Today there is increasing pressure on the water infrastructure and although unsustainable water extraction and wastewater handling can continue for a while, at some point water needs to be managed in a way that is sustainable in the long-term. We need to handle water utilities "smarter". New and effective tools and technologies are becoming available at an affordable cost and these technologies are steadily changing water infrastructure options. The quality and robustness of sensors are increasing rapidly and their reliability makes the automatic handling of critical processes viable. Online and real-time control means safer and more effective operation. The combination of better sensors and new water treatment technologies is a strong enabler for decentralised and diversified water treatment. Plants can be run with a minimum of personnel attendance. In the future, thousands of sensors in the water utility cycle will handle all the complexity in an effective way. Smart Water Utilities: Complexity Made Simple provides a framework for Smart Water Utilities based on an M-A-D (Measurement-Analysis-Decision). This enables the organisation and implementation of "Smart" in a water utility by providing an overview of supporting technologies and methods. The book presents an introduction to methods and tools, providing a perspective of what can and could be achieved. It provides a toolbox for all water challenges and is essential reading for the Water Utility Manager, Engineer and Director and for Consultants, Designers and Researchers.
The Inter-American Development Bank (IDB), in cooperation with the International Water Association (IWA), has developed a rating system that assesses the performance of water and sanitation service providers in a comprehensive way. AquaRating: An international standard for assessing water and wastewater services aims to provide an industry standard for utilities. The innovative rating system seeks the improvement of the service delivered by means of a rigorous and systematic assessment. AquaRating comprises more than 100 assessment elements organized in eight rating areas: Service Quality, Efficiency in the Planning and Execution of Investments, Operating Efficiency, Business Management Efficiency, Financial Sustainability, Access to Service, Corporate Governance, Environmental Sustainability. Each of the assessment elements and consecutively rating areas is assigned a rating (from 0 to 100), which in turn are aggregated into a single rating for the utility. Assessment elements consist of qualitative good practices and quantitative indicators. The total compliance with practices and achievement of the most demanding indicators levels means delivery of an excellent service and, therefore, awards a maximum rating of 100 points. AquaRating takes into account the quality of the information supporting the ratings results by correcting the rating for the reliability level of such information. The rating results are certifiable thanks to an independent audit of the supporting information. The expected benefits of the system are manifold: * Utilities - Identify areas of improvement, receive guidance and monitor progress over time. - Obtain an external and credible performance rating, which contributes to foster reputation, accountability and acceptance by key stakeholders, gain access to new markets and finance, and attract qualified staff. - Get access to a knowledge and assessment framework that fosters continuous learning. * Governments, regulators and development agencies - Use the system to stimulate utilities to maintain or improve their performance and to target technical assistance and finance according to the specific opportunities for improvement identified. * Consumers - Obtain better services in terms of access, quality, efficiency, sustainability and transparency.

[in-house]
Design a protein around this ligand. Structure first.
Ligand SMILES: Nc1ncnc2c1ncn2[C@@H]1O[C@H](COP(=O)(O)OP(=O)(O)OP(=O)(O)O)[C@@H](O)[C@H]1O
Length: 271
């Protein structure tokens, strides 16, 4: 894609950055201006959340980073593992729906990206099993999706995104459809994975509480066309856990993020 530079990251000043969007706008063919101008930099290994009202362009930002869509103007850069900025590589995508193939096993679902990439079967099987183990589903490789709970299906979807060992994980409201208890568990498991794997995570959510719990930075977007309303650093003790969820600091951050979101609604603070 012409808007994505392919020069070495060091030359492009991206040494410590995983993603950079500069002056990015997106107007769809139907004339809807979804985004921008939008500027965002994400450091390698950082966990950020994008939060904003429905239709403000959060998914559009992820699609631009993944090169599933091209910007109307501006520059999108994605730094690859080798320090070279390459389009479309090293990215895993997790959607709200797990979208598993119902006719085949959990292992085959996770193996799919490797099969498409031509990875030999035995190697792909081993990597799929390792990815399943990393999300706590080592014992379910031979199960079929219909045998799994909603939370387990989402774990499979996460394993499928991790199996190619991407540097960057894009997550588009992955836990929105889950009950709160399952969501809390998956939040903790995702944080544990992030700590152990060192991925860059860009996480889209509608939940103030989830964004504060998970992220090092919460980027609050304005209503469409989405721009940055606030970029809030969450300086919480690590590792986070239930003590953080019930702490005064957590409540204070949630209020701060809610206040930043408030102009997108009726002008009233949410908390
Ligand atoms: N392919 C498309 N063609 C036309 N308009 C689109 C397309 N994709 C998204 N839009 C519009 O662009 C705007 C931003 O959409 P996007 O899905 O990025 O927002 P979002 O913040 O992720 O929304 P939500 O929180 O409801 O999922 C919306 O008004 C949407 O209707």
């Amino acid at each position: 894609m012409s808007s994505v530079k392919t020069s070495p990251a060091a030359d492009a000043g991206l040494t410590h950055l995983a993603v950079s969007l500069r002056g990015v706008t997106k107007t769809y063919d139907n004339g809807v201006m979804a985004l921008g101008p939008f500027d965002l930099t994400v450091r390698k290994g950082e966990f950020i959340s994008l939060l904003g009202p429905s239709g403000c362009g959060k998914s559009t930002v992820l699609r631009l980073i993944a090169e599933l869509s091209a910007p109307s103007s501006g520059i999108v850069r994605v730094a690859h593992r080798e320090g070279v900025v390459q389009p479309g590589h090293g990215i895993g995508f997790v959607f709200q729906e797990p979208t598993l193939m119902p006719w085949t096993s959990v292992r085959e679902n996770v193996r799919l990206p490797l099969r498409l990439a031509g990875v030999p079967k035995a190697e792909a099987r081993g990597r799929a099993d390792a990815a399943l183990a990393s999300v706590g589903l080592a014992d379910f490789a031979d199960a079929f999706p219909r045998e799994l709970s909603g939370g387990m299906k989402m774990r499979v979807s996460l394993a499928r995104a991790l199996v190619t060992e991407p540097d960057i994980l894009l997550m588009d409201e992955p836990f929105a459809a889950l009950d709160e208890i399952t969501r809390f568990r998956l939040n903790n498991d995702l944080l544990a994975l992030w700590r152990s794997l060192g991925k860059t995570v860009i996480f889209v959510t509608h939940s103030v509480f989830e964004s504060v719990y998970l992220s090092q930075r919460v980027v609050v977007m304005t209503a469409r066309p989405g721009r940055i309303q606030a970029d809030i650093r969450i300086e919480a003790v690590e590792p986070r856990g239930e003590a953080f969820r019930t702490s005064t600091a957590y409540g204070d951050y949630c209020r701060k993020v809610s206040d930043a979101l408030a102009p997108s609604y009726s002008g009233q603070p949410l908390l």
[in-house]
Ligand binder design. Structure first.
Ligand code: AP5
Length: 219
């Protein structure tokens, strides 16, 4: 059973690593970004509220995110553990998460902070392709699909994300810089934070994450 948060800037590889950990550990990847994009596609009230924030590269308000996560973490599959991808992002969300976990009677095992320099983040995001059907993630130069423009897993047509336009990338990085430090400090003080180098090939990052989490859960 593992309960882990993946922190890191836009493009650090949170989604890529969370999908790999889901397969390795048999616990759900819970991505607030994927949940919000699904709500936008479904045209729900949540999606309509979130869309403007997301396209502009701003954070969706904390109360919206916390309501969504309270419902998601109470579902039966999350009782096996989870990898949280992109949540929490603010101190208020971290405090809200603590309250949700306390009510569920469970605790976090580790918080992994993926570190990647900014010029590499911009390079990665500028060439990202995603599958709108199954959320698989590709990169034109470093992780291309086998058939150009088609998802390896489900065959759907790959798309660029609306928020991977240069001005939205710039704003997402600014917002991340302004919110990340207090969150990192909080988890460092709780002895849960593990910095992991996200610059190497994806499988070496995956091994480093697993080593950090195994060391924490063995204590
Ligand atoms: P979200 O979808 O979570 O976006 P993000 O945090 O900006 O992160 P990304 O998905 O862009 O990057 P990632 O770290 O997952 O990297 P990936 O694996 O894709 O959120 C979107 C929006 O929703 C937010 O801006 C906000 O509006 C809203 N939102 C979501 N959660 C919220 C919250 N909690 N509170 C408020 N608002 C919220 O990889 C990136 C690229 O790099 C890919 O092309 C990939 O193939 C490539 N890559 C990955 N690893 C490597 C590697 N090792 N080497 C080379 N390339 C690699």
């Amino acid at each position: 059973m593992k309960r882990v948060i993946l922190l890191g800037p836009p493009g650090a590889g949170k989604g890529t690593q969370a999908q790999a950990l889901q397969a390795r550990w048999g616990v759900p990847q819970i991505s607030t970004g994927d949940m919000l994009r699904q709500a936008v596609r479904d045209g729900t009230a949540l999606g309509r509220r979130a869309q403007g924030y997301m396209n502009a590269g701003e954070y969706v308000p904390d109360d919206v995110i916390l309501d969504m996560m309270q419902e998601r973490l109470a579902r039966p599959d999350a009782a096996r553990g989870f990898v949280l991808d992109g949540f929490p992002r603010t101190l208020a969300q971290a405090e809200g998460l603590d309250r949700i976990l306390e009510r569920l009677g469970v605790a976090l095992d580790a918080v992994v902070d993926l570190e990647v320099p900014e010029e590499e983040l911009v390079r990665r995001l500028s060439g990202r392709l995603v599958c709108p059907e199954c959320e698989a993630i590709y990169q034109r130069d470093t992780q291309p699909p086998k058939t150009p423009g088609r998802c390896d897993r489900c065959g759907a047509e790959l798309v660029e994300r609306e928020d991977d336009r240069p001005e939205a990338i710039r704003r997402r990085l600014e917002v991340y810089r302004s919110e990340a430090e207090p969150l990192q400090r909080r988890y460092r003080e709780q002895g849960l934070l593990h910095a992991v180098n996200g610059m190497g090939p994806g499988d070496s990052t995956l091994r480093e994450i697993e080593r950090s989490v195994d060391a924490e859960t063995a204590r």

The public water supply, urban wastewater and urban waste management services are essential to the well-being of citizens, public health and economic activities. These are generally provided under natural or legal monopoly, so there is no incentive for utilities to search for greater efficiency and effectiveness and as such there is an increasing prevalence of such risks for users. For these reasons, society can significantly benefit from the existence of regulatory intervention capable of introducing greater balance in the relationship between utilities and their users. The Regulation of Water and Waste Services: An Integrated Approach (Rita-Ersar) presents a practical integrated regulatory approach to these water and waste services. This approach is called the ARIT-ERSAR model and it is capable of contributing to the promotion of access by citizens to these services that is tending towards the universal. These services are provided with suitable quality by utilities at socially acceptable prices and with an acceptable level of risk. This approach consists of a regulation model with two major areas of intervention: structural regulation of the sector and regulation of the performance of the utilities. The components of structural regulation are contributions to organisation, legislation, information and sectoral capacity building. The performance regulation of utilities consists of legal and contractual regulation, economic regulation, quality of service regulation, drinking water quality regulation and user interface regulation. Author: Jaime Melo Baptista, Chairperson of the Water and Waste Services Regulatory Authority, ERSAR, Portugal